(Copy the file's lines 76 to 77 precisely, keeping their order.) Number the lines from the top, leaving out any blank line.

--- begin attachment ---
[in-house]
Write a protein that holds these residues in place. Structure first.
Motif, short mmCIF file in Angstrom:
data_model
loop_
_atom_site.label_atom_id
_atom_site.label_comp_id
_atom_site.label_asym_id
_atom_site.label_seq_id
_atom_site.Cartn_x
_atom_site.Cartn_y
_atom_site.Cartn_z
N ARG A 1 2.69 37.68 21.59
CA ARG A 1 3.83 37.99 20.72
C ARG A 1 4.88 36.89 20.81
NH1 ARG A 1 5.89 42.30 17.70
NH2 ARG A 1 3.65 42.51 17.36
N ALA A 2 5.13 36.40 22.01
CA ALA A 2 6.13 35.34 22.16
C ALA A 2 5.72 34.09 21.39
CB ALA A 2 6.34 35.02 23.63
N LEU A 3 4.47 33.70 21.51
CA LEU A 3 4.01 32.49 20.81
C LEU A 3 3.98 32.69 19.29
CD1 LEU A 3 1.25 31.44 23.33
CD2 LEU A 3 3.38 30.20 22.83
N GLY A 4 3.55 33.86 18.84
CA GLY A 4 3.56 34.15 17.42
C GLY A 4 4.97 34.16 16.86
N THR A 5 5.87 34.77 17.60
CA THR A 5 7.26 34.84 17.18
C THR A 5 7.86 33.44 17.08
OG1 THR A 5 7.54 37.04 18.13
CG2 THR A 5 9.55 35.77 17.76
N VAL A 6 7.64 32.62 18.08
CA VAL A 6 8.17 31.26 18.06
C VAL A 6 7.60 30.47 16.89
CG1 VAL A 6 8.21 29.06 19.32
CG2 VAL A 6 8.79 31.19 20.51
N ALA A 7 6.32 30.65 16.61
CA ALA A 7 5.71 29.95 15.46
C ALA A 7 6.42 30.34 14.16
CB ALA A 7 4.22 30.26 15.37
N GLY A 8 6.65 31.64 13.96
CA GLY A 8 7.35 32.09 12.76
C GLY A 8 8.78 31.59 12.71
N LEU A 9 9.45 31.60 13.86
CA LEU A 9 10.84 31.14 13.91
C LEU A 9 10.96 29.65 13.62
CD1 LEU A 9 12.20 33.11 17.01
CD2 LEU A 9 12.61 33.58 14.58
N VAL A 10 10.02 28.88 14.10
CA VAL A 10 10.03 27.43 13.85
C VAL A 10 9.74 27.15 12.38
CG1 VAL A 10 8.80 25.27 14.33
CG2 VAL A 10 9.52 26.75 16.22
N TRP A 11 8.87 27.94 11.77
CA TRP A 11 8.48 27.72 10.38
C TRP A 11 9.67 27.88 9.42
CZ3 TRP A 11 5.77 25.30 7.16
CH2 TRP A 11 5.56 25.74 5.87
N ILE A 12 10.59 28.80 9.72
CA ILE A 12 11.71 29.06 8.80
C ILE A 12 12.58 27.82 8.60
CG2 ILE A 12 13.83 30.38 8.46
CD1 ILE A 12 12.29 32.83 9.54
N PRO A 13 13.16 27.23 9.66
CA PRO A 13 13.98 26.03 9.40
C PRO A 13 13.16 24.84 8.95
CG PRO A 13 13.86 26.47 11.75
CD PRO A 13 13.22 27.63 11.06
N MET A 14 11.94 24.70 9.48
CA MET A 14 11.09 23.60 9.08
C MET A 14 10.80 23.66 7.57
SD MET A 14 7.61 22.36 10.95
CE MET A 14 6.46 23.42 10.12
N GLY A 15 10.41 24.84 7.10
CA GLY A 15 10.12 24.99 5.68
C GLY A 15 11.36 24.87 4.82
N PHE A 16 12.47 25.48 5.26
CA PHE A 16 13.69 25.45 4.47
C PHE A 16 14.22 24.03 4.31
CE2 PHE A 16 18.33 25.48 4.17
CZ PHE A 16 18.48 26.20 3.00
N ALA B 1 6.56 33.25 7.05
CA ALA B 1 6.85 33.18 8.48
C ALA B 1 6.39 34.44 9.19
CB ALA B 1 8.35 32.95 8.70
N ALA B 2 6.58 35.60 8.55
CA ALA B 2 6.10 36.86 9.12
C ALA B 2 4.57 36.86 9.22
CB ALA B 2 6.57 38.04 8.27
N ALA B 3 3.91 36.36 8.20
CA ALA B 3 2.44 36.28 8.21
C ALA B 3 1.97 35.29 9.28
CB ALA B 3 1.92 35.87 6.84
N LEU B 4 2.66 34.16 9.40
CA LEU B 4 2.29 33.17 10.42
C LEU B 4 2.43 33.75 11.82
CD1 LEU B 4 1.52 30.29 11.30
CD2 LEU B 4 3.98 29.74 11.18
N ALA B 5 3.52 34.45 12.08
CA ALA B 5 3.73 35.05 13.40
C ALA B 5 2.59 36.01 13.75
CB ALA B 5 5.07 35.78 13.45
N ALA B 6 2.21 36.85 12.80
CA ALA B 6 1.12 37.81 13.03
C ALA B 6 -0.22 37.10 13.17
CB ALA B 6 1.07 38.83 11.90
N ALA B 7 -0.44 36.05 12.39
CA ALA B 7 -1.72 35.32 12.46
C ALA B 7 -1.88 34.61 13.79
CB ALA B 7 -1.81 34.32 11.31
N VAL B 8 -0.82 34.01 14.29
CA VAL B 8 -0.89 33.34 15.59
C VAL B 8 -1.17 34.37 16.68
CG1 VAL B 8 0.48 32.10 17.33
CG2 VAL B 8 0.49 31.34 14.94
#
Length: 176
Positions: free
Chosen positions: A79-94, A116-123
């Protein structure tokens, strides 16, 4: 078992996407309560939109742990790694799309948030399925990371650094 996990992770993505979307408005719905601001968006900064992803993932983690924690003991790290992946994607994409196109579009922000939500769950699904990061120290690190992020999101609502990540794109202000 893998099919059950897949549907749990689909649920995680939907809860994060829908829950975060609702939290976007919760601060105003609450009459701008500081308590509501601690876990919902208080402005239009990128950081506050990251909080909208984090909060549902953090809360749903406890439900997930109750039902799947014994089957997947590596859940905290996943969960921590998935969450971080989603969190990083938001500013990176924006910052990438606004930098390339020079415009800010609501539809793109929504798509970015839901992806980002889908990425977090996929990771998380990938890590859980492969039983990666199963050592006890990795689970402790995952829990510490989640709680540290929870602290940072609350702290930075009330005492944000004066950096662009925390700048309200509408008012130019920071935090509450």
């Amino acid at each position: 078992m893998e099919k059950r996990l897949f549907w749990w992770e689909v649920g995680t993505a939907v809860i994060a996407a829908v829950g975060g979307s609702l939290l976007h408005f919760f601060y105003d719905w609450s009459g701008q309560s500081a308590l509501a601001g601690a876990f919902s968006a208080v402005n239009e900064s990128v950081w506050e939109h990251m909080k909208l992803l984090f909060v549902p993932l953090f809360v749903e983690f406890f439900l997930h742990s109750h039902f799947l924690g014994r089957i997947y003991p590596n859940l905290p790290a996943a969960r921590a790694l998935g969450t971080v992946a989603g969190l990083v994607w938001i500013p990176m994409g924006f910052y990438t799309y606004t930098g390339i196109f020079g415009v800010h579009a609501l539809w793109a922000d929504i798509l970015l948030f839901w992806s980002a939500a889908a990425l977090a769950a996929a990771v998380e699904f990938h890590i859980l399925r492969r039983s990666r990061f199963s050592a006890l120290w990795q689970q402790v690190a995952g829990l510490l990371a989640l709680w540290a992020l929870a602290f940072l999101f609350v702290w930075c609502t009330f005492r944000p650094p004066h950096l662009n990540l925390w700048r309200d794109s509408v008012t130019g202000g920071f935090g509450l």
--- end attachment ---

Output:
CE MET A 14 6.46 23.42 10.12
N GLY A 15 10.41 24.84 7.10